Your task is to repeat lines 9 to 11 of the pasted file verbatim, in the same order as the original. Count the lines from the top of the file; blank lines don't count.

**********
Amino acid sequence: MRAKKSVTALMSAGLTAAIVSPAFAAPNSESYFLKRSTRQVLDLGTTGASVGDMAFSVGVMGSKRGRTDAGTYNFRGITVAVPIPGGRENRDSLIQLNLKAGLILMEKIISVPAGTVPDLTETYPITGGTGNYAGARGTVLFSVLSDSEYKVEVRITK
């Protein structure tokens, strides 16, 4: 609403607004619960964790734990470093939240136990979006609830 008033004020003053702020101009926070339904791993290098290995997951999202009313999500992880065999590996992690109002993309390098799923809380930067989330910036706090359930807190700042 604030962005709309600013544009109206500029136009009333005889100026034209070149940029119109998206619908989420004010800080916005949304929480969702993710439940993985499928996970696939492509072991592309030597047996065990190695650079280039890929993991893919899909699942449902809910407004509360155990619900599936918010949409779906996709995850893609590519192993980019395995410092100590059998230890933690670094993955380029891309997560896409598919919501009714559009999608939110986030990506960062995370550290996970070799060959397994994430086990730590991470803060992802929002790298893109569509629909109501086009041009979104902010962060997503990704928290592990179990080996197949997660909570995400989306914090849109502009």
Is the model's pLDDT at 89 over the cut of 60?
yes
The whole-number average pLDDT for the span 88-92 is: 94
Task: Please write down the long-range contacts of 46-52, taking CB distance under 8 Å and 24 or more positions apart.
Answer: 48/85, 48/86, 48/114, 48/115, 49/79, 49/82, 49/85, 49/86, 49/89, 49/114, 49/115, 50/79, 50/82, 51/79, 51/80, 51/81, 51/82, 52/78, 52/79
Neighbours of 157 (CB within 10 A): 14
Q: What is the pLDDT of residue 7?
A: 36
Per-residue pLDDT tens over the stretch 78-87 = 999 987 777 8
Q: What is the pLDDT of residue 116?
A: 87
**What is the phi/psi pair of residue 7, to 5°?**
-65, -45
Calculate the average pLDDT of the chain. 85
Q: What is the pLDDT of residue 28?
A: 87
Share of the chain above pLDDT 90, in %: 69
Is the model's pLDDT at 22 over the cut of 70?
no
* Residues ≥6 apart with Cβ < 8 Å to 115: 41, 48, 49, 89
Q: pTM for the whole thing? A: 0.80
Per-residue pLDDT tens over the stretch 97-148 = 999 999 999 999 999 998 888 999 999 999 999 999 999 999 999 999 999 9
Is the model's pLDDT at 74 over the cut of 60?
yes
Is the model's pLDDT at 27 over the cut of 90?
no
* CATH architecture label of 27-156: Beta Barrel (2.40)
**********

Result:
Q: What is the pLDDT of residue 7?
A: 36
Per-residue pLDDT tens over the stretch 78-87 = 999 987 777 8